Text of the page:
UC Berkeley TDPS

UC Berkeley TDPS

Thornton Wilder once wrote, “I am interested in those things that repeat and repeat and repeat in the lives of millions.”

Thornton Wilder’s Pulitzer-Prize winning Our Town is a meditation on life in Grover’s Corners, New Hampshire, where people come of age, fall in love, get married, and eventually say goodbye to the earth. It was Wilder’s stated intent that the representation of Grover’s Corners not be anachronistic; however since its premiere in 1938 the play has increasingly become staged as a Rockwellian tribute to life in the early 1900s. Director Christopher Herold hopes to change that perception – both of the play and of the time period – in the UC Berkeley Department of Theater, Dance and Performance Studies’ production, opening its 2010-2011 season on October 8.

Herold’s production removes the play from a purely historical setting, exploring the events of the text in dynamic relation to the ongoing struggle for inclusiveness in American Society. The result is a play that blends numerous times and places, and focuses on the enduring aspects of American life. The timeless nature of the human experience is also reflected in Wendy Sparks’ costume design as well as the set design, in which Wilder’s original sparse sets are rendered as silhouettes that the characters inhabit during their time onstage.

“Setting Wilder’s idealized small town life against a modern reality allows us to see Grovers’ Corners 1913 for both its successes and failures, and begin to judge our own time period as well,” says Herold. “Who do we include and exclude from our own communities today? What does it mean to be a part of a community… whose town is ‘Our Town?’”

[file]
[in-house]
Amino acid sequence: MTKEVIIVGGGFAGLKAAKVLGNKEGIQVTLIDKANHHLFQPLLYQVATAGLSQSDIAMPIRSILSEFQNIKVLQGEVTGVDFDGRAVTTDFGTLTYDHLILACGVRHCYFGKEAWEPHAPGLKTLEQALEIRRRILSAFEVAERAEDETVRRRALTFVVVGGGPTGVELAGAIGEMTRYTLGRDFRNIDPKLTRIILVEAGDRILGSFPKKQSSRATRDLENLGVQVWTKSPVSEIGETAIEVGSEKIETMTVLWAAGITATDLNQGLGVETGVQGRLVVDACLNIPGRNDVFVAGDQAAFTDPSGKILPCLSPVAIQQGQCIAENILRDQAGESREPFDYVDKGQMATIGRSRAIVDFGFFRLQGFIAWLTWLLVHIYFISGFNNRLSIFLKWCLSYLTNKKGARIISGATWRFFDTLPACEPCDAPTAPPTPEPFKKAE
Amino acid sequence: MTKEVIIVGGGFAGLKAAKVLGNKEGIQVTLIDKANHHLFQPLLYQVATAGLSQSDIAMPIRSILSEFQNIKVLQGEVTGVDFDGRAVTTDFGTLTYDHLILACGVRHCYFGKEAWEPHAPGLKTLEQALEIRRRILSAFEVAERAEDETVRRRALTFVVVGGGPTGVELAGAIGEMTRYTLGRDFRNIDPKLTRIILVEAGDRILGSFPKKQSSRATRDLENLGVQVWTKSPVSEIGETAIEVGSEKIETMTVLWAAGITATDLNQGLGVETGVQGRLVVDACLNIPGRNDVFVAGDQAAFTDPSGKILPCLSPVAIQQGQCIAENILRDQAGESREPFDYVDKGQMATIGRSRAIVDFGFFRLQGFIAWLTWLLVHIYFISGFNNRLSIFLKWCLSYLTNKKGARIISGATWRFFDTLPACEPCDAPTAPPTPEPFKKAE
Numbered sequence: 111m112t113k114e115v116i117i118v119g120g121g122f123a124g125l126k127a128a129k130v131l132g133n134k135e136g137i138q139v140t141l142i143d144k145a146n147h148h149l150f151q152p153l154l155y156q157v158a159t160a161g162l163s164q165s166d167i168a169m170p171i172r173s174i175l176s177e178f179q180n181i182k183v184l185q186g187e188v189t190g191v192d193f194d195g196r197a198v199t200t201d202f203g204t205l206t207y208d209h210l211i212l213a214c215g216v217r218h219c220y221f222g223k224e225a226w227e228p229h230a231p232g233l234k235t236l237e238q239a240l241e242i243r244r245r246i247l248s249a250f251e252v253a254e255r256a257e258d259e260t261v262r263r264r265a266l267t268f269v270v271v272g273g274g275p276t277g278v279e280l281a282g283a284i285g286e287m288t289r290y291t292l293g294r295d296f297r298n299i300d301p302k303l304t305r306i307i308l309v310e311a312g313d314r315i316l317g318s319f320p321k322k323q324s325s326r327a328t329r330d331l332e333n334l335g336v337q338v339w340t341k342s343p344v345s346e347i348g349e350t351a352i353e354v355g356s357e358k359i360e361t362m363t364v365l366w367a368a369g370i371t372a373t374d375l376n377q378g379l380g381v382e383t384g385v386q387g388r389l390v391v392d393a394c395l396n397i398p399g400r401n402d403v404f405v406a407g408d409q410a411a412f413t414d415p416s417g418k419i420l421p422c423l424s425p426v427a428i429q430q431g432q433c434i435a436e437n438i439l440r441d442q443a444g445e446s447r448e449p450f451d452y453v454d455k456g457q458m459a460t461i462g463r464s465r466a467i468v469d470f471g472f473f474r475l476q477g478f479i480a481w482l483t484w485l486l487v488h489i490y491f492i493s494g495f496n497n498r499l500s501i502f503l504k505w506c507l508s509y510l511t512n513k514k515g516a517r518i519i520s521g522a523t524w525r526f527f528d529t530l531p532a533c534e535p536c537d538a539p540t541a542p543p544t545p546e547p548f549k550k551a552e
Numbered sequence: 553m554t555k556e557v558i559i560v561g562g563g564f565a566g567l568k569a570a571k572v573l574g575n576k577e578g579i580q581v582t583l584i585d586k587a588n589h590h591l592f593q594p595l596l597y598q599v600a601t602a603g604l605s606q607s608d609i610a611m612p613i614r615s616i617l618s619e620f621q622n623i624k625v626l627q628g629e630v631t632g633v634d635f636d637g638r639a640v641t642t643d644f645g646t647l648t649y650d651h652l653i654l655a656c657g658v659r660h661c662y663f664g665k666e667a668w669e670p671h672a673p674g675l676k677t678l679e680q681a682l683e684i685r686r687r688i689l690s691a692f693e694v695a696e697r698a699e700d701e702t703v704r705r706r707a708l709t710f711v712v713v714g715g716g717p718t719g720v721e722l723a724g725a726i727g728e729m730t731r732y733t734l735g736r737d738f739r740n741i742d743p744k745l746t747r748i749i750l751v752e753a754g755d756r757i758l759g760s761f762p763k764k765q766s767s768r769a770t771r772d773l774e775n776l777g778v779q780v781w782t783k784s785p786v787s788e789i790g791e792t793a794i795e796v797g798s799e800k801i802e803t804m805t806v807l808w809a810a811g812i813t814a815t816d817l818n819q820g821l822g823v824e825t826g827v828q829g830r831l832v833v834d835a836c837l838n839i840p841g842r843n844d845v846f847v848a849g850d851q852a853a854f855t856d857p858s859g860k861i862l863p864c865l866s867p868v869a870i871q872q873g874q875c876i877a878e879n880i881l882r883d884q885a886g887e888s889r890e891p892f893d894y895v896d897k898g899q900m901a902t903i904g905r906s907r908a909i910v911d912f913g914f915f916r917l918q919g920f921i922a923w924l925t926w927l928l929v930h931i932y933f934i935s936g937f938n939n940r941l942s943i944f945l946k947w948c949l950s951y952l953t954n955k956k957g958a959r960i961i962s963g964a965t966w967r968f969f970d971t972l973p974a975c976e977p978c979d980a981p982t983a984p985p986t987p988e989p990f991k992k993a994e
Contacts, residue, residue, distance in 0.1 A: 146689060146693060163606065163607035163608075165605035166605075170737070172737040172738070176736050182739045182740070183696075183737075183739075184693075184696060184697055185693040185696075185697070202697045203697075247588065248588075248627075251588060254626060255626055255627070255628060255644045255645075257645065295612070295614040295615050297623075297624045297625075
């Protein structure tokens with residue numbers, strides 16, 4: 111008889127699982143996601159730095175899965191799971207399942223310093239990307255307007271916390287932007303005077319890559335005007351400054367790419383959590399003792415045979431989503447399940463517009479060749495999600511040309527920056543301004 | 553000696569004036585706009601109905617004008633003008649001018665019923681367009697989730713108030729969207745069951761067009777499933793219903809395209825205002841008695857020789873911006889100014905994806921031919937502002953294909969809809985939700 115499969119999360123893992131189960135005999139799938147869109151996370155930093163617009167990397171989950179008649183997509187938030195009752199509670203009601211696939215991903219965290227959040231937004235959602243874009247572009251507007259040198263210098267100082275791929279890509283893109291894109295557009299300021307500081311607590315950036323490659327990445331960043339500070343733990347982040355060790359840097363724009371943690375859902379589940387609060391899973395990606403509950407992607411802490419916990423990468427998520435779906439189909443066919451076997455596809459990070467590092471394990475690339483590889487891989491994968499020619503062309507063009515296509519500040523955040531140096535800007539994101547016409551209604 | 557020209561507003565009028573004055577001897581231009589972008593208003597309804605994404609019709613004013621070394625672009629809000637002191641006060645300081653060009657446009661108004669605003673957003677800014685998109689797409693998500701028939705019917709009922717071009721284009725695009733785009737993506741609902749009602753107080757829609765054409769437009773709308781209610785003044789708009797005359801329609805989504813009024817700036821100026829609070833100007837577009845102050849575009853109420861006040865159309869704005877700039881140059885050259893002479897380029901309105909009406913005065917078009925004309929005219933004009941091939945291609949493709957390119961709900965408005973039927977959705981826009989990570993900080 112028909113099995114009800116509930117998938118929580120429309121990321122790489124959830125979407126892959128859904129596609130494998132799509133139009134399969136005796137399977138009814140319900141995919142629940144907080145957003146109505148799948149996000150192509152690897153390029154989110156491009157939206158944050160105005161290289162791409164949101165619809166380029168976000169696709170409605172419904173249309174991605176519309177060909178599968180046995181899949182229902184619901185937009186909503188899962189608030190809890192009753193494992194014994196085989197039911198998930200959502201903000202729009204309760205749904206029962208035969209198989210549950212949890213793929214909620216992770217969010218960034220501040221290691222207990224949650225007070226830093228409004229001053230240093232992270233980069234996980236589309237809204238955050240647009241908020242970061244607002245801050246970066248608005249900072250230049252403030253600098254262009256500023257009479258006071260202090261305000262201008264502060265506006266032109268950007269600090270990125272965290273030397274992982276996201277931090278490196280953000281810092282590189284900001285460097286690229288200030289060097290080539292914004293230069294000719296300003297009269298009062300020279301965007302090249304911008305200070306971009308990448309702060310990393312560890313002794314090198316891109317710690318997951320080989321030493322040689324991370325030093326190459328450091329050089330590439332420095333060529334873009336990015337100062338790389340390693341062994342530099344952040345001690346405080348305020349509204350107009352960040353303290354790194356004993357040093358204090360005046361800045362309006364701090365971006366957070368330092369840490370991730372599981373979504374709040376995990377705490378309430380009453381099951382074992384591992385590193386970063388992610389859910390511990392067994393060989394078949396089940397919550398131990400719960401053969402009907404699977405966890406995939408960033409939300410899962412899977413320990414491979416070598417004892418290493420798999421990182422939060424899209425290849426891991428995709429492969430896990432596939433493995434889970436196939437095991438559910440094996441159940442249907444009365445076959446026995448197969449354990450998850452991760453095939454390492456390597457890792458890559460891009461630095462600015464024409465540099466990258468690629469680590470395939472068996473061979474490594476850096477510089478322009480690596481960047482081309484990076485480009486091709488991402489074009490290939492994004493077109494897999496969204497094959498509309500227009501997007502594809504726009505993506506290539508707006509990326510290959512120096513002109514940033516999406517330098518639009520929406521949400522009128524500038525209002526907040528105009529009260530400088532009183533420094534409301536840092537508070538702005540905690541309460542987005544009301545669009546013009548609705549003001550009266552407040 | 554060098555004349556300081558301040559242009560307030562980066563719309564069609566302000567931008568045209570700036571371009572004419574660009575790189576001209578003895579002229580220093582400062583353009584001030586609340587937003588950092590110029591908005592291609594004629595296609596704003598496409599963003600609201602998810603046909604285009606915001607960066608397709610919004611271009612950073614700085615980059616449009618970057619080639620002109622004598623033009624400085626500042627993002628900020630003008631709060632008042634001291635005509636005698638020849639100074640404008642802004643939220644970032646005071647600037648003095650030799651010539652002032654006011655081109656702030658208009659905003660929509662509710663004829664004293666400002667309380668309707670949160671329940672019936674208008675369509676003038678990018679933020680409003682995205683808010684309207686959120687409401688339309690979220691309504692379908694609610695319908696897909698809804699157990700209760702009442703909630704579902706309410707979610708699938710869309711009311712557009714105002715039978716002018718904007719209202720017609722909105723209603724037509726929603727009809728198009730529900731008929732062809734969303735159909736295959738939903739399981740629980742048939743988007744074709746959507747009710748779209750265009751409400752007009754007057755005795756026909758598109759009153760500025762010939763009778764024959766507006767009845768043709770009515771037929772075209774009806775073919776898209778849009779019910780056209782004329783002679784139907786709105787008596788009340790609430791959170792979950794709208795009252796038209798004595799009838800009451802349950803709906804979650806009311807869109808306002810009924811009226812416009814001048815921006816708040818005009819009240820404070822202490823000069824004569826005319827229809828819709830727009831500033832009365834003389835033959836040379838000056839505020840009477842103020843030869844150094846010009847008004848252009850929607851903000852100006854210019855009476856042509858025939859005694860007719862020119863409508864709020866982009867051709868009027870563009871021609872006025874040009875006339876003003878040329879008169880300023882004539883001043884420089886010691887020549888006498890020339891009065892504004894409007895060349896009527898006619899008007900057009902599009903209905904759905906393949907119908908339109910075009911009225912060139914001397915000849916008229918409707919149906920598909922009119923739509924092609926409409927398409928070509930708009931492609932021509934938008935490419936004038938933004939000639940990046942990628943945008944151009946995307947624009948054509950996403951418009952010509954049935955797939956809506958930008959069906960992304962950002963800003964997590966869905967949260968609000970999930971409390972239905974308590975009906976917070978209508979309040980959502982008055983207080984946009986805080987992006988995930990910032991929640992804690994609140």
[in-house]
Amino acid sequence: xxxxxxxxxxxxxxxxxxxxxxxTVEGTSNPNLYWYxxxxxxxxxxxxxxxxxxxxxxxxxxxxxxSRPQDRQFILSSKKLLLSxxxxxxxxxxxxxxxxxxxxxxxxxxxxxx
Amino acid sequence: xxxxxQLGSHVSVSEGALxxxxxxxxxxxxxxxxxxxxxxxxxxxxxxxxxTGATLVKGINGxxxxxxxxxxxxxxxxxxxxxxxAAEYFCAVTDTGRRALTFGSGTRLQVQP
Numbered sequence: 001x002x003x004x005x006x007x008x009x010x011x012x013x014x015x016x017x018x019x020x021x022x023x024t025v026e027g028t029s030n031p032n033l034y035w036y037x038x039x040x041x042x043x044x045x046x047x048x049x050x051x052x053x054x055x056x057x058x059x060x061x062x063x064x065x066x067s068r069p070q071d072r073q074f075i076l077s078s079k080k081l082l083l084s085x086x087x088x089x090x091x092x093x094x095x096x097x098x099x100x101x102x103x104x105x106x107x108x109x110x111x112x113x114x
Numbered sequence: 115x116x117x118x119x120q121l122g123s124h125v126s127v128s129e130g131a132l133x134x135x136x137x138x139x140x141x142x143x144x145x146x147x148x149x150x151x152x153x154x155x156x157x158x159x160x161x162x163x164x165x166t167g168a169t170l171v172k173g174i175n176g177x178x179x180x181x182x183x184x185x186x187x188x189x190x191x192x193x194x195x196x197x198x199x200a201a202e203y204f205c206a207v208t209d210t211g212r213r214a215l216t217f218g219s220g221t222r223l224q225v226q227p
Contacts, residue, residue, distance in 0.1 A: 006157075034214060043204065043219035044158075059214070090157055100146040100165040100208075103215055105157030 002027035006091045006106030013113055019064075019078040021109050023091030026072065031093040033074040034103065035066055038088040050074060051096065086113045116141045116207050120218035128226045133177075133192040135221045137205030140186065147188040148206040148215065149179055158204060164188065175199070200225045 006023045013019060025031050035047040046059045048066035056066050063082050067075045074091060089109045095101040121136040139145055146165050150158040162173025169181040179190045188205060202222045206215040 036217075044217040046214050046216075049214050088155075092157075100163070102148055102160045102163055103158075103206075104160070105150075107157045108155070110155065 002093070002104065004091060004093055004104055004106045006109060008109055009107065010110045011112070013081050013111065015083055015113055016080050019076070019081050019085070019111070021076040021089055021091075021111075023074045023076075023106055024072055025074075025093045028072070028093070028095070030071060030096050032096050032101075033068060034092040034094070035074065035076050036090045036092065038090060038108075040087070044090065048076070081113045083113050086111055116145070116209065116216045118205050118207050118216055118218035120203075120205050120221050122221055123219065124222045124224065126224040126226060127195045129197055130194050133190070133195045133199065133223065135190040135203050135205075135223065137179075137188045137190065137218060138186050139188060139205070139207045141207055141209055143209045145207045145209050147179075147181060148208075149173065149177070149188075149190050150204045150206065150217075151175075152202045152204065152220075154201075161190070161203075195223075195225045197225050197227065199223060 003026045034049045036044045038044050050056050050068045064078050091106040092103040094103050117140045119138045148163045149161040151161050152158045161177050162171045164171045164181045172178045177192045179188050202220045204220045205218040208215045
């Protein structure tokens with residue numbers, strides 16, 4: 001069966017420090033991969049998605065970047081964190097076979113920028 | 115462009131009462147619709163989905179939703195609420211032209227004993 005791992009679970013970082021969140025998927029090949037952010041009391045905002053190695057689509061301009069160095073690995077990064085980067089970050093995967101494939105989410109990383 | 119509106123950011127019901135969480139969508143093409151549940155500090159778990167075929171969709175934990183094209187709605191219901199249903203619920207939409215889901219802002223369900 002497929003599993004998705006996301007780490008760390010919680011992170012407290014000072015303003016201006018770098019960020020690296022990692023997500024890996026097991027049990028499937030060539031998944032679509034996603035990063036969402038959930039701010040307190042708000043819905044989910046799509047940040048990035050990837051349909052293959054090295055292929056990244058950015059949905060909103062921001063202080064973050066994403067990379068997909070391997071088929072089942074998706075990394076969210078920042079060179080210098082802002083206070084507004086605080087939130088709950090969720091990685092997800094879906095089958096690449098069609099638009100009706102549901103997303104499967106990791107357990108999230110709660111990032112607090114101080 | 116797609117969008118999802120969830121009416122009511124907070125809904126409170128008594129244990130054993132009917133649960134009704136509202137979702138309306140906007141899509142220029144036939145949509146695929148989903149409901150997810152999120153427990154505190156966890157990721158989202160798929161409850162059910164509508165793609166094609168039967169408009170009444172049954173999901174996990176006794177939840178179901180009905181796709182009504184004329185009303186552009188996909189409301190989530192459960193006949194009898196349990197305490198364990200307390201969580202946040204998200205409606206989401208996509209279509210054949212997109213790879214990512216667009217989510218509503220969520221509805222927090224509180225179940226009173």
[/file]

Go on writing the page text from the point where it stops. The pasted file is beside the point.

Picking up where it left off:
The restaging of the play is also a coming-home of sorts; playwright Thornton Wilder graduated from Berkeley High School in 1915. A short play of Wilder’s was performed during his time there, and he spent hours as a young man in UC Berkeley’s Doe Library reading European newspapers and studying German Theater. Wilder was both an accomplished playwright and novelist, winning Pulitzer Prizes for both Our Town (1938) and The Skin of Our Teeth (1942) and for his novel The Bridge of San Luis Ray (1927).

Director Christopher Herold teaches acting and directing for TDPS. His directing credits at Berkeley include productions of Sauce For the Goose, Suburban Motel, Three Sisters, Escape From Happiness, Orestes, Pterodactyls, Good, Noises Off, The Crucible, Funeral Games, Infancy, and How I Got That Story. He is also a member of the faculty at American Conservatory Theater in San Francisco, where he serves as the Director of the Summer Training Congress. At ACT, he has directed studio productions of Fuddy Meers, The Marriage of Bette and Boo, The Kentucky Cycle Part II, Galileo, and Escape >From Happiness. Mr. Herold has also taught at Stanford and The Berkeley Repertory School of Theatre. The former Artistic Director and a founding member of Jawbone Theater Ensemble, his work with that company includes direction of the San Francisco premier of Manfred Karge’s Conquest of the South Pole and Samuel Beckett’s Play for the Bay Area Intimate Theater Festival. Other directing credits include the San Francisco premier of Tick, Tick . . . Boom for Theatre Rhinoceros and the critically acclaimed Achilles and Patroclus for Central Works. Locally, he has appeared in roles at Aurora Theatre, The Magic, Central Works, Theatre Rhinoceros, Shotgun Players, the Victoria Theater, and Yerba Buena Gardens.

Our Town opens on Friday, October 8 at the Zellerbach Playhouse on the UC Berkeley campus (across from Haas Pavilion near intersection of Bancroft and Dana) and runs weekends through Sunday, October 19. Performance times are as follows:
October 8, 9, 15, 16 at 8pm; October 10, 17 at 2pm

$15.00 – General Admission, $10.00 – Students/Seniors, UC Faculty/Staff. Group discounts for ten or more, $7.00 – Students/Seniors, $10.00 – General Admission. To purchase tickets, visit tdps.berkeley.edu or order over the phone on Fridays between 1pm and 4pm by calling 510-642-8827.

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